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Using hands-on practice, learn how to create in-text and Works Cited citations, as well as craft paraphrases and summaries of source material.
Why (and when) is it advantageous to paraphrase an information source, rather than quote it directly?
How is summarizing different from paraphrasing?
How does a good note-taking habit help me paraphrase and summarize sources?
Paraphrasing and summarizing are writing techniques used to more seamlessly integrate sources into your paper by restating information in your own words (while still including an in-text citation). These techniques are essential to effective research writing and to avoid over reliance on direct quotes.
The most effective way to create paraphrases and summaries of source information is to take notes on your sources as you read them. If you note important ideas from the source in your own words, those notes can form the basis for paraphrases or summaries later, when writing your paper (this is also a much more effective way to learn material).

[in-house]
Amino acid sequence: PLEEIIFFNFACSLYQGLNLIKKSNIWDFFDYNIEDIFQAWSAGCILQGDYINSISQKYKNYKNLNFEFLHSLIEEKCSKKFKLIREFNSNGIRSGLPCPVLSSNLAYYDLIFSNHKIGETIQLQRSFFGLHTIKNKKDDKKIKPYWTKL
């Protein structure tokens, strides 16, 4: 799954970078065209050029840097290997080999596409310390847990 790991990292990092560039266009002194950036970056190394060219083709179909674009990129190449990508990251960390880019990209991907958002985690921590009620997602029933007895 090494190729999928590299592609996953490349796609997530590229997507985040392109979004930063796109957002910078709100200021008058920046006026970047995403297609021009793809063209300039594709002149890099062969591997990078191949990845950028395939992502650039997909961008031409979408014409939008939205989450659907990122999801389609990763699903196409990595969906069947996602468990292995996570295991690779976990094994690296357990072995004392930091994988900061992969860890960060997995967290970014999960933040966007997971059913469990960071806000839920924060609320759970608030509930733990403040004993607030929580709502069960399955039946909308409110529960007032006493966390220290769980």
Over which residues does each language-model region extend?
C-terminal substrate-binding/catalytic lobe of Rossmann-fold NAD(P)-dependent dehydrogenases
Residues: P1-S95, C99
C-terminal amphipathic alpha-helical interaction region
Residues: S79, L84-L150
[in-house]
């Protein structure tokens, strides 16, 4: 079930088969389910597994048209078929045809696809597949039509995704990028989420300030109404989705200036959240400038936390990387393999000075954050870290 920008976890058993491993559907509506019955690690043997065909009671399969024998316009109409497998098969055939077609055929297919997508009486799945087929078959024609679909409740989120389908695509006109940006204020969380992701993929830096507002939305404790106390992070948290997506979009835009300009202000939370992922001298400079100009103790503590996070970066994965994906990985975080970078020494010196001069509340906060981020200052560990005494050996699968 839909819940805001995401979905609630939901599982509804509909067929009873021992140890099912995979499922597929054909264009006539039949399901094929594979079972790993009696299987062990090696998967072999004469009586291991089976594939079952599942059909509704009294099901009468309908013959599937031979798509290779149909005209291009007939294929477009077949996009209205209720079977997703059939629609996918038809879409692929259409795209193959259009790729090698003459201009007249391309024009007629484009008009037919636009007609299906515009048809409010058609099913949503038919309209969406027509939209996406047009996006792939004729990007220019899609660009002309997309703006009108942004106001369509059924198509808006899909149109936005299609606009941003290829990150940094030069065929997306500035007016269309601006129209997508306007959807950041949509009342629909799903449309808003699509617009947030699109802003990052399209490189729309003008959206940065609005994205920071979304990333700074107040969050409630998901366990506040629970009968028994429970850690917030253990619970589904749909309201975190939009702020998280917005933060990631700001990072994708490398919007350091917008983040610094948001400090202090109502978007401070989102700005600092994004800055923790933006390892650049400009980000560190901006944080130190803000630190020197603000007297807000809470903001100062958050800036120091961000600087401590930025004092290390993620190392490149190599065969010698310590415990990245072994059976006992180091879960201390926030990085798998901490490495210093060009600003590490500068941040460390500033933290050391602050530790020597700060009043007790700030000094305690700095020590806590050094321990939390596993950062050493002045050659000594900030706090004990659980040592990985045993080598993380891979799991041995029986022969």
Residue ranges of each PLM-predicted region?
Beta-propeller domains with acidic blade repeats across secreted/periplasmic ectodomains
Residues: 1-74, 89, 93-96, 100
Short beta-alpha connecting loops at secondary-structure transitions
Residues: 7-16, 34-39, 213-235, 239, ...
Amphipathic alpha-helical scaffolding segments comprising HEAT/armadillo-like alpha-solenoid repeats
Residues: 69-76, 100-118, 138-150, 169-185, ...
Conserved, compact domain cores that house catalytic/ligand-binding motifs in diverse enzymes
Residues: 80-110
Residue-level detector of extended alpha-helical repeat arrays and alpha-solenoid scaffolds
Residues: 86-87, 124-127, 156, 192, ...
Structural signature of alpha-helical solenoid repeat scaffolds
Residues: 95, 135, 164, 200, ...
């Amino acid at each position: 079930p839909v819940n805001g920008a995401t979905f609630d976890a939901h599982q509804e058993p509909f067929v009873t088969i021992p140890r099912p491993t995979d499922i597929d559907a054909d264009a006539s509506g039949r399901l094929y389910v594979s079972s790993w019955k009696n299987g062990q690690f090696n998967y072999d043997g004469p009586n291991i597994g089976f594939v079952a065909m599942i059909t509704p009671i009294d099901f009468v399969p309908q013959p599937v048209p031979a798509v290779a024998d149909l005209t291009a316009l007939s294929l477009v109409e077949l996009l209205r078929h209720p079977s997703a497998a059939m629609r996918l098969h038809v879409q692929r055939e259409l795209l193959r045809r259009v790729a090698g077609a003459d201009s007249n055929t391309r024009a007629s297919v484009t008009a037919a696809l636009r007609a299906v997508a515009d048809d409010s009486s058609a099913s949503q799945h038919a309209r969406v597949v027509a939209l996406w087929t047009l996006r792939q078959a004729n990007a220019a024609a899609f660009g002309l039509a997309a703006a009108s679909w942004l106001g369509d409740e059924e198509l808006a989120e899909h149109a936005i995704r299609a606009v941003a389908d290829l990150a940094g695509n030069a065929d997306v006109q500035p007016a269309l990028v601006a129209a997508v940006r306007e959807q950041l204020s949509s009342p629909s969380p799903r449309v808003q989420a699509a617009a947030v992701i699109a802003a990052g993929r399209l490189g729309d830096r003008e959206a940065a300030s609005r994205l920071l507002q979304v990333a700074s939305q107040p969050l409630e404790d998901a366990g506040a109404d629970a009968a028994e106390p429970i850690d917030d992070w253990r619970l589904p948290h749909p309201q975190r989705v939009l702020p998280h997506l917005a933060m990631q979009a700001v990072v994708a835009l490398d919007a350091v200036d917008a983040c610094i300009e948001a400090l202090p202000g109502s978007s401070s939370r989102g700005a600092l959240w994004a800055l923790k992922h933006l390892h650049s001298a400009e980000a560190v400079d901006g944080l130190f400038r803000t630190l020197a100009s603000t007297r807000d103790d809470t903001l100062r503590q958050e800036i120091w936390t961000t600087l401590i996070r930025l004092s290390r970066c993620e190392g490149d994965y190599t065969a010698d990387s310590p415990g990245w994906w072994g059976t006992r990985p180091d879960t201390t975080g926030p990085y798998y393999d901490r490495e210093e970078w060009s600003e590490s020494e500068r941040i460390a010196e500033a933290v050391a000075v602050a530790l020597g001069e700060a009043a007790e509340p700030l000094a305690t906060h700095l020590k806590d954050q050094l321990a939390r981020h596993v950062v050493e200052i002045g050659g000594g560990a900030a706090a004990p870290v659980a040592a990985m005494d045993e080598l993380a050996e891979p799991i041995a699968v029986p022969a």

Paraphrasing involves taking a source passage and restating the idea(s) within it in your own words.
Summarizing is restating (again, in your own words) the main ideas of a longer text (such as an article, book chapter or a whole book). The summary will be significantly shorter than the original because it focuses on the most important point or points.
Read a passage from any nearby printed publication (book, textbook, magazine, etc.). Read it again and try to discern its main idea. Now attempt to summarize the main idea from that passage in your own words as if you had to explain it to someone else.